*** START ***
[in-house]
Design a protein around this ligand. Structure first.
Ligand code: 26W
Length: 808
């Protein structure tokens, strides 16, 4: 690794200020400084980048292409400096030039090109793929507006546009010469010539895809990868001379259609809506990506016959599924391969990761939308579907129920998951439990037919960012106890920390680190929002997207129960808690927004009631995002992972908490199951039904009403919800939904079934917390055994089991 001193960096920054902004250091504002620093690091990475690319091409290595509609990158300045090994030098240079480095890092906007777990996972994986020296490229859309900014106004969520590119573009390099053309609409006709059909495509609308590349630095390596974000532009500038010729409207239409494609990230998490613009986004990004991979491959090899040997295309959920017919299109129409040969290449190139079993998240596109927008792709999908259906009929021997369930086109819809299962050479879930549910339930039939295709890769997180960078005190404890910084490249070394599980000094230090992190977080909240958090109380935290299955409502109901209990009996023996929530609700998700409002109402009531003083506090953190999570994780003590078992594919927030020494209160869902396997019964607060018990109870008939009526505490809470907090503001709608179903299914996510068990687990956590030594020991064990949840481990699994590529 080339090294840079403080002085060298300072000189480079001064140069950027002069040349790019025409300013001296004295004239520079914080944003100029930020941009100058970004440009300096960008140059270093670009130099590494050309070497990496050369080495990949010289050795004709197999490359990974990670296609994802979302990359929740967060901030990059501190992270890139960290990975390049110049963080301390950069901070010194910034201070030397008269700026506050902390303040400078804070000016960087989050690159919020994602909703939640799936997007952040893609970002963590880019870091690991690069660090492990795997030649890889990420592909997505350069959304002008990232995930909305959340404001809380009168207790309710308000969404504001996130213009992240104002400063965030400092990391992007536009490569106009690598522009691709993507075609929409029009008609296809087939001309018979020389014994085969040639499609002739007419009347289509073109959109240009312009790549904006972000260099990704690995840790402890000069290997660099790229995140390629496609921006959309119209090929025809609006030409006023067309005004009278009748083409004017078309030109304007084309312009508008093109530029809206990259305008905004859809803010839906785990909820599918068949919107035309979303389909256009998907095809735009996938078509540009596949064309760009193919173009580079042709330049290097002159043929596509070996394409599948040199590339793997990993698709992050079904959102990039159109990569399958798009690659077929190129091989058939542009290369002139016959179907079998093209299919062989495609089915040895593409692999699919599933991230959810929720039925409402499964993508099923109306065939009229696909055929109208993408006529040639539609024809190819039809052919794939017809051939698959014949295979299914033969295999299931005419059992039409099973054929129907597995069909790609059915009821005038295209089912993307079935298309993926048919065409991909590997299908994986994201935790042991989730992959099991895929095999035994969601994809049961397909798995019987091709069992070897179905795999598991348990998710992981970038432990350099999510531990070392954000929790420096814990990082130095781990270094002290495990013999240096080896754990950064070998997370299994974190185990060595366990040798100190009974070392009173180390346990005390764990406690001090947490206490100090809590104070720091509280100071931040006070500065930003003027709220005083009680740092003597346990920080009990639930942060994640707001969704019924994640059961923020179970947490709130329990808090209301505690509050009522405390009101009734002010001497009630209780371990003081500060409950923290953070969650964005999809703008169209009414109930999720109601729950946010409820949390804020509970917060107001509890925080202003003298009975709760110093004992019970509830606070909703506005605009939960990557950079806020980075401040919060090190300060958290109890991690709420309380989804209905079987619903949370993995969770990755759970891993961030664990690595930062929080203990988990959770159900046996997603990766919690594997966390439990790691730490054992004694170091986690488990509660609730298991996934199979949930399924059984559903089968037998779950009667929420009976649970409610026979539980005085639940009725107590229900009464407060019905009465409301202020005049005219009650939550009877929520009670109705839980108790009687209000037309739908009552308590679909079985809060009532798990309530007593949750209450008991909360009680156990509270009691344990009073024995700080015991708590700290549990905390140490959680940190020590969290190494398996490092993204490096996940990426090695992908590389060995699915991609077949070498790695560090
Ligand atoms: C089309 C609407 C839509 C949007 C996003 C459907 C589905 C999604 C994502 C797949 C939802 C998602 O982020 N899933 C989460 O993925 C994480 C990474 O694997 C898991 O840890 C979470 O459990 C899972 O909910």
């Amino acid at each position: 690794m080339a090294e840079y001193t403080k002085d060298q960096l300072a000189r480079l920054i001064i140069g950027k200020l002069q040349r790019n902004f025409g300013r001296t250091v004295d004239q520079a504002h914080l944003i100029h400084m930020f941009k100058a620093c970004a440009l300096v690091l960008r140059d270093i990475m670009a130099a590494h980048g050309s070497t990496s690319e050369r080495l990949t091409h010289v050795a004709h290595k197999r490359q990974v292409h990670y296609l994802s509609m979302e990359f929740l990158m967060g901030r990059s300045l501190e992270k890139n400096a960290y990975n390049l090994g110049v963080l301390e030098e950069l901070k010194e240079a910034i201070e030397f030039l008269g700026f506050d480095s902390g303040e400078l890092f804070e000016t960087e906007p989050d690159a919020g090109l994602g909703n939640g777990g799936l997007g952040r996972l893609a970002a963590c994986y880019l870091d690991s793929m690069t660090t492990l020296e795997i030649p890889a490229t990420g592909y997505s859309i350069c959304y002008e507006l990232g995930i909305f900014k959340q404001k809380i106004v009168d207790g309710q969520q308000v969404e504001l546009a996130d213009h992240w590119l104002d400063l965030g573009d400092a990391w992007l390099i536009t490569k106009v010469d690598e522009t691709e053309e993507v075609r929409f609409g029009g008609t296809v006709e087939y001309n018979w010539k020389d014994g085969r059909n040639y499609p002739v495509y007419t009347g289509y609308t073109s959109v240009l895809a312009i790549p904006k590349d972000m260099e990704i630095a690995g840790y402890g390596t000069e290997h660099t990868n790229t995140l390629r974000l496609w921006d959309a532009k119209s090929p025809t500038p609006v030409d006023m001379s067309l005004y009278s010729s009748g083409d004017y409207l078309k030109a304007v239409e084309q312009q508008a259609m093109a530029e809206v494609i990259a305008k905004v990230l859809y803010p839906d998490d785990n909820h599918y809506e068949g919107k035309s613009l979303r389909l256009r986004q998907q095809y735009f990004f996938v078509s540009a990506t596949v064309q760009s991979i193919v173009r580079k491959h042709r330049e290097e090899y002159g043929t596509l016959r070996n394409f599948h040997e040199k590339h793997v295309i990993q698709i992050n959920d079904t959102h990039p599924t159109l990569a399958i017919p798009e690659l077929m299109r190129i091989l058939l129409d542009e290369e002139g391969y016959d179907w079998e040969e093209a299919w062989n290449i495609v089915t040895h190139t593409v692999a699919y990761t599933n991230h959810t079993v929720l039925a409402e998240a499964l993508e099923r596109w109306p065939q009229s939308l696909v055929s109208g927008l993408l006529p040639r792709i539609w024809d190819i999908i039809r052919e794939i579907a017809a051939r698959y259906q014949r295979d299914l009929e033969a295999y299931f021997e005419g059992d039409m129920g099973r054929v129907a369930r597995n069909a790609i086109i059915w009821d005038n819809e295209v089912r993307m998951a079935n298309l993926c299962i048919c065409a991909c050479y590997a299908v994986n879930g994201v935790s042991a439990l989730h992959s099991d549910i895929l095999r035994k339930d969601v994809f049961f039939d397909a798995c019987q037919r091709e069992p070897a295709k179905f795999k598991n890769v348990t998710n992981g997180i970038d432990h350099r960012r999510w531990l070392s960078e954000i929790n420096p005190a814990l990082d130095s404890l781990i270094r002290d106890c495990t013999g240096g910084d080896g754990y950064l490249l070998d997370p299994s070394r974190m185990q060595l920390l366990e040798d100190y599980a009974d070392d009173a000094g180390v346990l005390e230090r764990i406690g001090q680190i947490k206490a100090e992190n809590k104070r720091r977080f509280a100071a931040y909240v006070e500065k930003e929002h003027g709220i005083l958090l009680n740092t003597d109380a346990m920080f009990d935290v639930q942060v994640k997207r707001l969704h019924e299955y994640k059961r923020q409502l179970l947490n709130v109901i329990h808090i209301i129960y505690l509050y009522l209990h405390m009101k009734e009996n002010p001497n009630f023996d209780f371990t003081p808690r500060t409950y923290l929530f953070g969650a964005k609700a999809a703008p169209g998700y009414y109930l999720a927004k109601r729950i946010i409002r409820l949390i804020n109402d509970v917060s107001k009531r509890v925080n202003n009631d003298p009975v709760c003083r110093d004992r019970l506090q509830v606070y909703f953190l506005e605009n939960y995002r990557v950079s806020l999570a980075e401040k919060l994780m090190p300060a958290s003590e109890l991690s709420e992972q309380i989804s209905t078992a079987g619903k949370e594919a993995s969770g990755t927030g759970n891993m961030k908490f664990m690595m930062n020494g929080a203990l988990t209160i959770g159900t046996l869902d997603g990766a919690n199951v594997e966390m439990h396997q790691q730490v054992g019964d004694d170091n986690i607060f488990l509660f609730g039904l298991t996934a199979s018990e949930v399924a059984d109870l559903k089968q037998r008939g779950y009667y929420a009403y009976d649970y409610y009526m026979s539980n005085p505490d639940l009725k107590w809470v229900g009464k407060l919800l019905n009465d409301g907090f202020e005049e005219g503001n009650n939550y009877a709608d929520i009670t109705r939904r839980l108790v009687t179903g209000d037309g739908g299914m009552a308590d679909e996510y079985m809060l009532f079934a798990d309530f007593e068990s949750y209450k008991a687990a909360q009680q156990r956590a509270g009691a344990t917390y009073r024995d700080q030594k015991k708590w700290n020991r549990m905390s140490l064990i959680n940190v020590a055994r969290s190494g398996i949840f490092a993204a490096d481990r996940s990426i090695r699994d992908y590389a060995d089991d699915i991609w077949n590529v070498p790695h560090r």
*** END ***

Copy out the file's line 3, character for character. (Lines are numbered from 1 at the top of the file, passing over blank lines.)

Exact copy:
Ligand code: 26W